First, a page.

Christmas at Bastogne: 1944

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During the Battle of the Bulge, the 101rst Airborne Division made a heroic stand at Bastogne from December 20-27 which helped turn the tide of the battle.  On December 25, a packed midnight mass was held in Bastogne, with Brigadier General Anthony McAuliffe, who commanded the 101rst troops at Bastogne, in attendance.  Afterwards the General listened to German POWS singing Silent Night, and wished them a Merry Christmas.

General McAuliffe issued a memorable Christmas message to his troops:

Headquarters 101st Airborne Division
Office of the Division Commander

24 December 1944

What’s Merry about all this, you ask? We’re fighting – it’s cold – we aren’t home. All true but what has the proud Eagle Division accomplished with its worthy comrades of the 10th Armored Division, the 705th Tank Destroyer Battalion and all the rest? just this: We have stopped cold everything that has been thrown at us from the North, East, South and West. We have identifications from four German Panzer Divisions, two German Infantry Divisions and one German Parachute Division. These units, spearheading the last desperate German lunge, were headed straight west for key points when the Eagle Division was hurriedly ordered to stem the advance. How effectively this was done will be written in history; not alone in our Division’s glorious history but in World history. The Germans actually did surround us. their radios blared our doom. Their Commander demanded our surrender in the following impudent arrogance.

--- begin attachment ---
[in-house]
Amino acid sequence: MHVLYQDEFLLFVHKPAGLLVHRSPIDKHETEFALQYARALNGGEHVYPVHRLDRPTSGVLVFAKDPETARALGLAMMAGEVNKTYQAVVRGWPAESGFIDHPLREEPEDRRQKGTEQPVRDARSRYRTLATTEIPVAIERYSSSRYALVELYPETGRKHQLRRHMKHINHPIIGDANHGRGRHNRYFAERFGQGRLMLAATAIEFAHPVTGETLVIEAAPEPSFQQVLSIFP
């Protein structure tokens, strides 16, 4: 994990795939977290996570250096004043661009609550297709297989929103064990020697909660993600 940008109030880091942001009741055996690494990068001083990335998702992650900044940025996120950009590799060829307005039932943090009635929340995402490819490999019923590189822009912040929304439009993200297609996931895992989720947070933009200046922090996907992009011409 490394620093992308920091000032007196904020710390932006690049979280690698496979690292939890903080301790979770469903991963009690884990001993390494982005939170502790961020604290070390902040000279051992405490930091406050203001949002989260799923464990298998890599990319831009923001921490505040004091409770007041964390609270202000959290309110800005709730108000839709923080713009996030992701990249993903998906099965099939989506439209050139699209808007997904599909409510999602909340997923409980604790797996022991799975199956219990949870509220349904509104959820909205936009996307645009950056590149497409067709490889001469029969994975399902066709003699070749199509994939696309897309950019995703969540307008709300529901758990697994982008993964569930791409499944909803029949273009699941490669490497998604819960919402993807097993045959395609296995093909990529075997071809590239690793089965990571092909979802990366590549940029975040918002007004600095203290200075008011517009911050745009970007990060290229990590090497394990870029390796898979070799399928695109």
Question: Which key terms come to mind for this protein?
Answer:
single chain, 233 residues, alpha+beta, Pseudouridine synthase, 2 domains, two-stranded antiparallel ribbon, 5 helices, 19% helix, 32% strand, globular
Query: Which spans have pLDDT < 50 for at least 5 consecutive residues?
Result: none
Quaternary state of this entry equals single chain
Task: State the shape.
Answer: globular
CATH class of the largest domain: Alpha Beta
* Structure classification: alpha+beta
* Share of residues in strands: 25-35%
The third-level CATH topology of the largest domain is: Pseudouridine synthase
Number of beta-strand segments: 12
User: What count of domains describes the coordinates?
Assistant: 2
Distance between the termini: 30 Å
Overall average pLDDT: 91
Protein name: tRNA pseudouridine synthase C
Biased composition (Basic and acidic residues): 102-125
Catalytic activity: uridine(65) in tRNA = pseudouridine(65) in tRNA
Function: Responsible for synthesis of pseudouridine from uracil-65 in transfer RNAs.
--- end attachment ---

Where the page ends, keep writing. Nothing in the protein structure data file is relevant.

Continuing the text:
December 22nd 1944
To the U. S. A. Commander of the encircled town of Bastogne.

The fortune of war is changing. This time the U. S. A. forces in and near Bastogne have been encircled by strong German armored units. More German armored units have crossed the river Ourthe near Ortheuville, have taken Marche and reached St. Hubert by passing through Hombres Sibret-Tillet. Libramont is in German hands.

There is only one possibility to save the encircled U. S. A. Troops from total annihilation: that is the honorable surrender of the encircled town. In order to think it over a term of two hours will be granted beginning with the presentation of this note.

If this proposal should be rejected one German Artillery Corps and six heavy A. A. Battalions are ready to annihilate the U. S. A. Troops in and near Bastogne. The order for firing will be given immediately after this two hours term.